Books: A never-ending balancing act in Anchee Min's A Cooked Seed

January 23, 2014


The immigrant story
is a familiar one,
a sometimes defeatist tale characterized by innumerable
language and cultural barriers, start-and-stop identity crises, trying economic
circumstances, and perhaps most importantly, an overwhelming sense of
survivor’s guilt and obligation.

So while writer
Anchee Min’s experiences are not wholly unique in that regard, her new memoir, The Cooked Seed, closely examines not
just her own sliver of that shared history, but her daughter’s as well, giving
readers a greater understanding of the long-lasting effects of a life made
heavy by those hardships. The book offers her entire soup-to-nuts narrative all
in one go, sparing little detail as Min lays out her improbable life story, her
path from childhood poverty to celebrated author and concerned first-generation
American mother.

The real
takeaway from her tale of survivorship, however, is self-empowerment, not shock
and awe. After all, those who live to tell the tale – especially with as wry a
sense of humor as Min – are testament that life on the other side of the
cultural leap is not only possible, but also, at times, beautiful. 

It wasn’t an
easy journey, to be sure.
Min grew up with the cards stacked against her. Born
into Communist China in 1957 and raised in near-destitute conditions, she
remembers unearthing rotting apple cores from trash bins to stave off her
hunger and memorizing excerpts from Mao’s Little Red Book. Moreover, Min’s
mother struggled with tuberculosis and her father escaped reality by burying
his head in astronomy books and star charts. She and her three siblings shared
a toilet with twenty other neighbors, and as a child, she once had an infected
pimple the size of a grape protruding from her face.

Min’s real
struggles came years later as a teen, however. At age 19, she was recruited by
Madame Mao to play a “proletarian beauty” in the nation’s propaganda films,
plucked from the labor camp where she had been forced to shed her individuality.
There, she also befriended a young girl who would go on to become acclaimed
Hollywood actress Joan Chen.

Chairman Mao’s
sudden death and his steely wife’s fall from power later that year put Min in a
tough spot. She was summarily deemed “Madame Mao’s trash,” a bitter reminder of
the old regime. Life, Min explains, had basically ended for her in China. She
was a “cooked seed,” incapable of sprouting. Her only viable option for
survival and for a better life for her family would be an escape to America
under the guise of a student visa at Chicago’s Art Institute. So escape she

In the next 300
Min details the trials and tribulations of her adjustment to America and
its decidedly different ways of life – dealing with everything from learning English
to befriending American college students to combating loneliness with porn to
surviving rape and an abortion. She explains what she learned from her first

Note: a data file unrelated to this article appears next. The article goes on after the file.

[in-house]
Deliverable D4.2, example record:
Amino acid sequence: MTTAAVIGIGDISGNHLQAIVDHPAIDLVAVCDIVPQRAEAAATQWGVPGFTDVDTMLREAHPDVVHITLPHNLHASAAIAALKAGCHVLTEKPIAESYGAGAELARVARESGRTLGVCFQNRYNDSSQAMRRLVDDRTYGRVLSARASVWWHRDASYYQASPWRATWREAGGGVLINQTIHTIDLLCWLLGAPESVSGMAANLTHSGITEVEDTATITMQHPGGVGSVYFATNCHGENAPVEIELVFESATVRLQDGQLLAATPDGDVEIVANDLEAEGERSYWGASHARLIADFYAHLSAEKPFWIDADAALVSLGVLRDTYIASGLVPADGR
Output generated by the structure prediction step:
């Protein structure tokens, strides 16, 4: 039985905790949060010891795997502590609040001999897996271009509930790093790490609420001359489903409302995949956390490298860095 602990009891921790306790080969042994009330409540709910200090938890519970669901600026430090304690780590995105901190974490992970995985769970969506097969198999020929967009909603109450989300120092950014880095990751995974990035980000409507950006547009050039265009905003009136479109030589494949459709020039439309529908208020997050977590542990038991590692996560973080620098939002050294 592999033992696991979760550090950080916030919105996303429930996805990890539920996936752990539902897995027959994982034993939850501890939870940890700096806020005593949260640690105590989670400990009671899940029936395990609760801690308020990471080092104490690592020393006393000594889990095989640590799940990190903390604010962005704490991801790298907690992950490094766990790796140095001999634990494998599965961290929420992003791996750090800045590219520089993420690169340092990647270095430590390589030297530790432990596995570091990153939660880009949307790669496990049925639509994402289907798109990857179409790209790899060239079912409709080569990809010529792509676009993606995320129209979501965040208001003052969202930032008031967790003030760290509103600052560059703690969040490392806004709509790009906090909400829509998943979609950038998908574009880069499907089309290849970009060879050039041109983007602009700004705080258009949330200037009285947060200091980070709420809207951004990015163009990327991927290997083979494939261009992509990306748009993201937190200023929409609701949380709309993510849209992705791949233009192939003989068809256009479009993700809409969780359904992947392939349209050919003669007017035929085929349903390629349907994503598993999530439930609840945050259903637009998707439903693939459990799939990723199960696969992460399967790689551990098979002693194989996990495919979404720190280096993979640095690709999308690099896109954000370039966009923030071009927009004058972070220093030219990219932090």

marriage to whimsical artist Qigu, and how she finally, cautiously, moved on
with her second marriage to writer Lloyd Lofthouse. The last third of the book
is a tribute to her only daughter, Lauryann, and the difficulties of raising
her in a capitalistic, materialistic society so far removed from her own

The book, which
comes nearly two decades after the release of her first best-selling memoir, Red Azalea, is humanly honest in its
portrayal of Min’s hardships, and there’s no denying that her ability to remain
headstrong in the face of trying circumstances is a central theme throughout
the book. But what makes The Cooked Seed
stand out as an account of the immigrant experience is that it extends beyond
her own life and into her daughter’s.

In one
particularly touching scene, Min comforts Lauryann after the teen reveals her
depression and her guilt for feeling dissatisfied with her life.

“’I want you to
know that I don’t desire a perfect child,’” Min told her daughter. “’Because
that wouldn’t be the real you. It’d be impossible. It’d be fake. One can go to
the trophy store and buy a wall of awards and banners. You’d fool everyone but
yourself. I love the real you, the one who keeps hitting the steel wall and
hoping that it will turn into a wall of flowers. I believe that you are perfect. Your bravery and courage to
be the real you makes you the perfect child. You have been pleasing me, and you
have my acceptance and approval.’”

It’s the kind of
speech that might strike American readers as clichéd and commonplace, but given
the context of the situation, and the obstacles that Min had to conquer in
order to reach that point of acceptance, it becomes one of the memoir’s most
heart-achingly real moments. 

Because in the
end, she notes, the cultural barriers, the identity crises, and those
overwhelming feelings of guilt are not, in fact, unique to the immigrant
experience at all. They are instead an ongoing burden that each generation
carries into the next, just in different form. One of the realities of starting
a life in a new country, after all, is that the balancing act doesn’t ever
really end – but Min’s story, by way of The
Cooked Seed, is proof that even this
isn’t necessarily a bad thing.


Joyce Chen is a second-generation Taiwanese American journalist
and currently a first-year candidate for an MFA in Creative Nonfiction at The
New School in New York City. She was previously a web editor at Us Weekly,
where she pored over celebrity court cases, recapped “The Bachelorette,” and waded
her way through all things entertainment and gossip -- with tongue firmly in
cheek, of course. She was also previously a multimedia editor at the New York
Daily News, and originally hails from Cerritos, Calif., graduating with degrees
in print journalism and psychology from the University of Southern California,
where she was the editor-in-chief of the
Daily Trojan. Her writings have been
published in
People magazine, Los Angeles magazine and the Los Angeles Daily